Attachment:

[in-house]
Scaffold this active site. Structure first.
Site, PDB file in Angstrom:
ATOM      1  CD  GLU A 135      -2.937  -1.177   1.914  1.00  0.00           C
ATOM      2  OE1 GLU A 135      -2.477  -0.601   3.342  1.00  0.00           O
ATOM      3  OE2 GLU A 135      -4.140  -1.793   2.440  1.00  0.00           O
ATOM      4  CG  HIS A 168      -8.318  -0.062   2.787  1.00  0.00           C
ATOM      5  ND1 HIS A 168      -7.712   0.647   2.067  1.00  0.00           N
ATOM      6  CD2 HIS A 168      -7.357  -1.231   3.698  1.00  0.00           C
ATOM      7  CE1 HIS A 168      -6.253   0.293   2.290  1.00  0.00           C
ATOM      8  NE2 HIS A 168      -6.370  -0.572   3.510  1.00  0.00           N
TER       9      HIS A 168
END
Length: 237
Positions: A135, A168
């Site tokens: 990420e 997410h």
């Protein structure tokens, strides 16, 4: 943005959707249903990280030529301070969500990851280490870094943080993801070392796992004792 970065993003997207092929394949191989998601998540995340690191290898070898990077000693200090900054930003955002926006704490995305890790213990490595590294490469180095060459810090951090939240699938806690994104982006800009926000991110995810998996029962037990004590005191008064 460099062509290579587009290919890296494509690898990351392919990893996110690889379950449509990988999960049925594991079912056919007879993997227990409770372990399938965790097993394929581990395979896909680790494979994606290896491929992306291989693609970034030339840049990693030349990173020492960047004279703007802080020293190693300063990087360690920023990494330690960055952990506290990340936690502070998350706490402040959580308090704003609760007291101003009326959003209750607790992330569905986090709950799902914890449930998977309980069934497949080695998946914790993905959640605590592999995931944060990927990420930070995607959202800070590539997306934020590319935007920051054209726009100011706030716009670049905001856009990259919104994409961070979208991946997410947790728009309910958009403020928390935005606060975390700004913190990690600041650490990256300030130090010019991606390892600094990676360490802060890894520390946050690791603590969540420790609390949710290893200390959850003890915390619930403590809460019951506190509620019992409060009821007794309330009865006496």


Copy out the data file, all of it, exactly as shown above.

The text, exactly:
[in-house]
Scaffold this active site. Structure first.
Site, PDB file in Angstrom:
ATOM      1  CD  GLU A 135      -2.937  -1.177   1.914  1.00  0.00           C
ATOM      2  OE1 GLU A 135      -2.477  -0.601   3.342  1.00  0.00           O
ATOM      3  OE2 GLU A 135      -4.140  -1.793   2.440  1.00  0.00           O
ATOM      4  CG  HIS A 168      -8.318  -0.062   2.787  1.00  0.00           C
ATOM      5  ND1 HIS A 168      -7.712   0.647   2.067  1.00  0.00           N
ATOM      6  CD2 HIS A 168      -7.357  -1.231   3.698  1.00  0.00           C
ATOM      7  CE1 HIS A 168      -6.253   0.293   2.290  1.00  0.00           C
ATOM      8  NE2 HIS A 168      -6.370  -0.572   3.510  1.00  0.00           N
TER       9      HIS A 168
END
Length: 237
Positions: A135, A168
């Site tokens: 990420e 997410h």
């Protein structure tokens, strides 16, 4: 943005959707249903990280030529301070969500990851280490870094943080993801070392796992004792 970065993003997207092929394949191989998601998540995340690191290898070898990077000693200090900054930003955002926006704490995305890790213990490595590294490469180095060459810090951090939240699938806690994104982006800009926000991110995810998996029962037990004590005191008064 460099062509290579587009290919890296494509690898990351392919990893996110690889379950449509990988999960049925594991079912056919007879993997227990409770372990399938965790097993394929581990395979896909680790494979994606290896491929992306291989693609970034030339840049990693030349990173020492960047004279703007802080020293190693300063990087360690920023990494330690960055952990506290990340936690502070998350706490402040959580308090704003609760007291101003009326959003209750607790992330569905986090709950799902914890449930998977309980069934497949080695998946914790993905959640605590592999995931944060990927990420930070995607959202800070590539997306934020590319935007920051054209726009100011706030716009670049905001856009990259919104994409961070979208991946997410947790728009309910958009403020928390935005606060975390700004913190990690600041650490990256300030130090010019991606390892600094990676360490802060890894520390946050690791603590969540420790609390949710290893200390959850003890915390619930403590809460019951506190509620019992409060009821007794309330009865006496």